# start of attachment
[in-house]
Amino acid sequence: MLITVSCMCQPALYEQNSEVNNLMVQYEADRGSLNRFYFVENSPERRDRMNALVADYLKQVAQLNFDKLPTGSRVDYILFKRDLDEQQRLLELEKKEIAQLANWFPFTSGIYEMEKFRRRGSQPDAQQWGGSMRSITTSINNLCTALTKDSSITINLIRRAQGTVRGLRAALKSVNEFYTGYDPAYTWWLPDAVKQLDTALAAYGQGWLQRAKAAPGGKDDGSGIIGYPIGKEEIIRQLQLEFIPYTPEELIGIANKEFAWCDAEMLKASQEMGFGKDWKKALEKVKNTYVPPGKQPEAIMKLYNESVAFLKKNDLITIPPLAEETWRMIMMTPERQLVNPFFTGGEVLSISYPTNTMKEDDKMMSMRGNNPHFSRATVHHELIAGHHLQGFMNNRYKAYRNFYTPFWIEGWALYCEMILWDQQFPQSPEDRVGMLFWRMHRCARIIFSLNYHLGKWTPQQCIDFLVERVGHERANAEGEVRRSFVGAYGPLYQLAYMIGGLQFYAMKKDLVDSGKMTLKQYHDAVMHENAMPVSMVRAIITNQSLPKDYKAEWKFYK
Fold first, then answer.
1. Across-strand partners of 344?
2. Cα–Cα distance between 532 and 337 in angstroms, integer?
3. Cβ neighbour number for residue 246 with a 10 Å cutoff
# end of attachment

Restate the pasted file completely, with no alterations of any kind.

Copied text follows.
[in-house]
Amino acid sequence: MLITVSCMCQPALYEQNSEVNNLMVQYEADRGSLNRFYFVENSPERRDRMNALVADYLKQVAQLNFDKLPTGSRVDYILFKRDLDEQQRLLELEKKEIAQLANWFPFTSGIYEMEKFRRRGSQPDAQQWGGSMRSITTSINNLCTALTKDSSITINLIRRAQGTVRGLRAALKSVNEFYTGYDPAYTWWLPDAVKQLDTALAAYGQGWLQRAKAAPGGKDDGSGIIGYPIGKEEIIRQLQLEFIPYTPEELIGIANKEFAWCDAEMLKASQEMGFGKDWKKALEKVKNTYVPPGKQPEAIMKLYNESVAFLKKNDLITIPPLAEETWRMIMMTPERQLVNPFFTGGEVLSISYPTNTMKEDDKMMSMRGNNPHFSRATVHHELIAGHHLQGFMNNRYKAYRNFYTPFWIEGWALYCEMILWDQQFPQSPEDRVGMLFWRMHRCARIIFSLNYHLGKWTPQQCIDFLVERVGHERANAEGEVRRSFVGAYGPLYQLAYMIGGLQFYAMKKDLVDSGKMTLKQYHDAVMHENAMPVSMVRAIITNQSLPKDYKAEWKFYK
Fold first, then answer.
1. Across-strand partners of 344?
2. Cα–Cα distance between 532 and 337 in angstroms, integer?
3. Cβ neighbour number for residue 246 with a 10 Å cutoff